What does the title mean? Why is the protagonist “like” a sniper lining up his shot, isn’t he a sniper and doesn’t he line up his shots? Isn’t that that like calling a boxing movie “like a guy about to punch another guy in the face”?
It’s the very last sentence of the novel, and the last sentence of the graphic novel. Trust me, it makes sense.
This is Tardi’s most recent book, right?
Yeah. At this point in his career Tardi is a zen master. Every panel is designed with such confidence, every line laid down with almost arrogant unfussiness… I can’t praise it enough. I know there are people who pine for the more anal, detailed, “clean” look of some of his earlier books, and it’s not an unreasonable aesthetic preference to have. But to me this is just pure cartooning. And it adds another level of dark wit to what is already a blackly funny book.
There’s a four-page scene where the protagonist, Martin Terrier, catches up with some poor patsy who’s shadowing him, tortures the information out of him, and kills him, and the sheer nonchalant professional viciousness of Terrier (as rendered in one of those inexpressive mask-like Tardi faces I just mentioned) and squirm-inducing nature of the scene topples over into funny… as I’m absolutely sure Manchette intended. If you’re reading a noir interrogation scene set in a car and the sentence “he pushed in the cigarette lighter” comes up, your “Oh, NO…!” reaction is supposed to be overlaid with a nervous giggle.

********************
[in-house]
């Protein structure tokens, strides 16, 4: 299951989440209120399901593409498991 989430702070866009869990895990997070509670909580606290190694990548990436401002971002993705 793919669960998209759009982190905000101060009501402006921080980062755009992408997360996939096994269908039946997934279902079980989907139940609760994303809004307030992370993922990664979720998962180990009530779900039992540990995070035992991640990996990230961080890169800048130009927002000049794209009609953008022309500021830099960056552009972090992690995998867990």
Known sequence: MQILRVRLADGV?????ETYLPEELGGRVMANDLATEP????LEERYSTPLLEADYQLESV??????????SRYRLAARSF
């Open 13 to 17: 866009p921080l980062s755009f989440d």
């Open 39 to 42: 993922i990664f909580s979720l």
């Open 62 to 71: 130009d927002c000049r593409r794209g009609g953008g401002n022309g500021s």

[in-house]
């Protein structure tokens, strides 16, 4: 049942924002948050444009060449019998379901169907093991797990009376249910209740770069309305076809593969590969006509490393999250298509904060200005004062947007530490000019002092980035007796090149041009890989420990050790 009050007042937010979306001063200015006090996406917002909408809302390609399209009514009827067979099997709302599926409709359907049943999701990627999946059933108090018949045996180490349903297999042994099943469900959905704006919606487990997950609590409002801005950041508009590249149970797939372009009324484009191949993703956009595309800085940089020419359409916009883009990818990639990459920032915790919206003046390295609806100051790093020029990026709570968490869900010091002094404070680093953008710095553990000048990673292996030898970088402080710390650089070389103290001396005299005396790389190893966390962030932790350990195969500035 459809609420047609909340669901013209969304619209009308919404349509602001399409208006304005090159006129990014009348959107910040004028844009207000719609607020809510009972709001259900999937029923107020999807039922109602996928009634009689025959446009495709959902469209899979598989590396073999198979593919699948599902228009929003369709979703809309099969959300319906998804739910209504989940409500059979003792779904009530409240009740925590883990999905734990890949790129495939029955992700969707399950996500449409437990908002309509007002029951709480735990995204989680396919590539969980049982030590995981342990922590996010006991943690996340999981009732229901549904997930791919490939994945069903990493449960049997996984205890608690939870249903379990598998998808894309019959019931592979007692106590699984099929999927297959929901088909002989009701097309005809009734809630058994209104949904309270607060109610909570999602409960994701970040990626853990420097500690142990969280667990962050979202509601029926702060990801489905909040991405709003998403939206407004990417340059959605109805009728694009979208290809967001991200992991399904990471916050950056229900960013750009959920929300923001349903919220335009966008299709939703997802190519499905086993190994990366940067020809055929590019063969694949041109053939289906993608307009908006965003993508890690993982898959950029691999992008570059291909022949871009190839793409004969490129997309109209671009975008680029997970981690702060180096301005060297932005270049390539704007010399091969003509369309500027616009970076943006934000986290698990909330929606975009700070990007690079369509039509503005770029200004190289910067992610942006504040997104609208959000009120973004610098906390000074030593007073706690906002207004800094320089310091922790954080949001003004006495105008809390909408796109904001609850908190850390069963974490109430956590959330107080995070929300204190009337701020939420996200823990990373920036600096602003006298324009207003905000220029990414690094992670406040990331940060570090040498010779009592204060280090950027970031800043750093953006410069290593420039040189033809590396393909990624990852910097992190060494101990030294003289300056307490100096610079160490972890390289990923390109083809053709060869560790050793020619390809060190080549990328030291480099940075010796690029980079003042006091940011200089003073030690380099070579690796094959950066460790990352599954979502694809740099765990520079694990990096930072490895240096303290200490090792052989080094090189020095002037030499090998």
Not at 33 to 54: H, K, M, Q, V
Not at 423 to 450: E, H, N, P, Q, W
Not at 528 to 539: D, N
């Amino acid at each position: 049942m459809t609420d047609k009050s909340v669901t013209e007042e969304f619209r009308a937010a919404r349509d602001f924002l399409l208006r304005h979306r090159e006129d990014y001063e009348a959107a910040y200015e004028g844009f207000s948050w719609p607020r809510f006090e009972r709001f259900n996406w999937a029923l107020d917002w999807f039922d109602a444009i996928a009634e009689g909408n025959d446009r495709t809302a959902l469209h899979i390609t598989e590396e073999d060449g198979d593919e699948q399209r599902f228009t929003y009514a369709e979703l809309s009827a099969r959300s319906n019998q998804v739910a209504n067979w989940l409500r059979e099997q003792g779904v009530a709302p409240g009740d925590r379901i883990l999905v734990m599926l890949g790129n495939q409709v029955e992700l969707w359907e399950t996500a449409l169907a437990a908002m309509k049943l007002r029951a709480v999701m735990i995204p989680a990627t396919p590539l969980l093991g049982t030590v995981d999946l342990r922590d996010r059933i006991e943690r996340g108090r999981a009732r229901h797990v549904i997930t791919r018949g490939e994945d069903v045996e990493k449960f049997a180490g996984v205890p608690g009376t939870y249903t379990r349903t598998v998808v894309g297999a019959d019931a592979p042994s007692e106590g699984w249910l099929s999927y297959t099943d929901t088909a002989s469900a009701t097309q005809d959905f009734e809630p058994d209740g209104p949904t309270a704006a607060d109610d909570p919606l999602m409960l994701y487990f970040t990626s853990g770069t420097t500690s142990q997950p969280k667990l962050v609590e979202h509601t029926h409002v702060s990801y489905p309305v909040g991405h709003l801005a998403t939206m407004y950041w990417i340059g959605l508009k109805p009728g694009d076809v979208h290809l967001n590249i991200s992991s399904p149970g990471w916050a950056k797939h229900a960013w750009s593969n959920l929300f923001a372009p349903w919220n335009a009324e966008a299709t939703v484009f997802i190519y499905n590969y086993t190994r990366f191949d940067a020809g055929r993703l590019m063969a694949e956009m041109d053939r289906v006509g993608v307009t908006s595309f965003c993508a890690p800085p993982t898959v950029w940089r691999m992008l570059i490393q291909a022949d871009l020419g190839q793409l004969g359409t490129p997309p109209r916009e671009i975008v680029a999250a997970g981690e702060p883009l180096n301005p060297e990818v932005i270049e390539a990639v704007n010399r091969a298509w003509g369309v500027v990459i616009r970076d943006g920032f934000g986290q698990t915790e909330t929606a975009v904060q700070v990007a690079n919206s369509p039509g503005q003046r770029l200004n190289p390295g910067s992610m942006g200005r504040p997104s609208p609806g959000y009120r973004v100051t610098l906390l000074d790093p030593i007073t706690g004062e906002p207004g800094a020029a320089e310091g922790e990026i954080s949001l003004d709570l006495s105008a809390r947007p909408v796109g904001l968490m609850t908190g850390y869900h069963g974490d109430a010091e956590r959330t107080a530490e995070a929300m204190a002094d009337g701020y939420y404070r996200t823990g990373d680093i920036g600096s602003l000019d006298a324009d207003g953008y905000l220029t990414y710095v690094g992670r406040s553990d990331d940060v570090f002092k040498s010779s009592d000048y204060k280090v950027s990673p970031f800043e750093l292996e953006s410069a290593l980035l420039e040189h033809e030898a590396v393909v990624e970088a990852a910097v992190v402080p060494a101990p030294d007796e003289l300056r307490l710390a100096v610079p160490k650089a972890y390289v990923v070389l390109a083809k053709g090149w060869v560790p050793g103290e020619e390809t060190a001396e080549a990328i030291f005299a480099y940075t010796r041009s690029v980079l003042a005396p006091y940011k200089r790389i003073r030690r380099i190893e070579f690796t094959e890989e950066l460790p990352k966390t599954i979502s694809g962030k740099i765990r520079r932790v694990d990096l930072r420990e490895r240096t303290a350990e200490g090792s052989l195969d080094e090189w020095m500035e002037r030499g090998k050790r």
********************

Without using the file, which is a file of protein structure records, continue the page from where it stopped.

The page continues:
Sounds like the infamous “fingers” interrogation scene in Man on Fire.
I would not be at all surprised to learn that Brian Helgeland, who wrote Man on Fire — one of the more satisfyingly uncompromising revenge thrillers of the past 20 years — had read the original novel, which is available in English (under the title The Prone Gunman). Am I the only one who found that scene in Man on Fire funny too?
Blecchh. Maybe you and Quentin Tarantino. I hope to God so, or I despair for humanity. Let’s end with a double-barreled “what’s next?” question, namely what’s the next Tardi book you’re doing and will there be any more Manchette/Tardi books?
The next Tardi book we’re committed to is the second Adèle Blanc-Sec book (collecting the third and fourth French volume), and while my current plan is to follow that with the “expanded” Roach Killer (i.e. with three or four short stories also set in New York added to it, including “Manhattan” from RAW Vol. 1, titled New York Mon Amour), this may change. As for Manchette/Tardi, there is of course Griffu which we serialized in Pictopia and could throw out there as a graphic novel some season when I’m feeling lazy and not up to adding a translation to my schedule, but I think we'll be able to make another Manchette/Tardi-related announcement soon.
One more thing: Those who would like to read an actual Manchette novel should be advised that New York Review Books just recently released an English-language edition of Manchette’s Fatale, which is a nifty hitwoman thriller. (Tardi started an adaptation of it back in the 1970s and abandoned it.) Go here to order it on Amazon.com.
I would also add that Manchette’s prose is the most fun to translate. I’m not saying it’s the best (nor am I saying it’s NOT the best) in terms of quality, I’m saying it’s just a blast. When I’m working on a Manchette book I can barely wait to finish dinner to run down and knock out a few more Manchette pages. Translation is sort of like literary karaoke and “singing” in Manchette’s voice is pure joy, even when the protagonist is ripping someone’s ear off for no good reason. Maybe especially when the protagonist is ripping someone’s ear off for no good reason. In fact I’m sad I’m done with this one.
One more thing, if you love cats… uh, never mind. There are a lot of cat lovers out there and I’ll just let them have their own little surprise.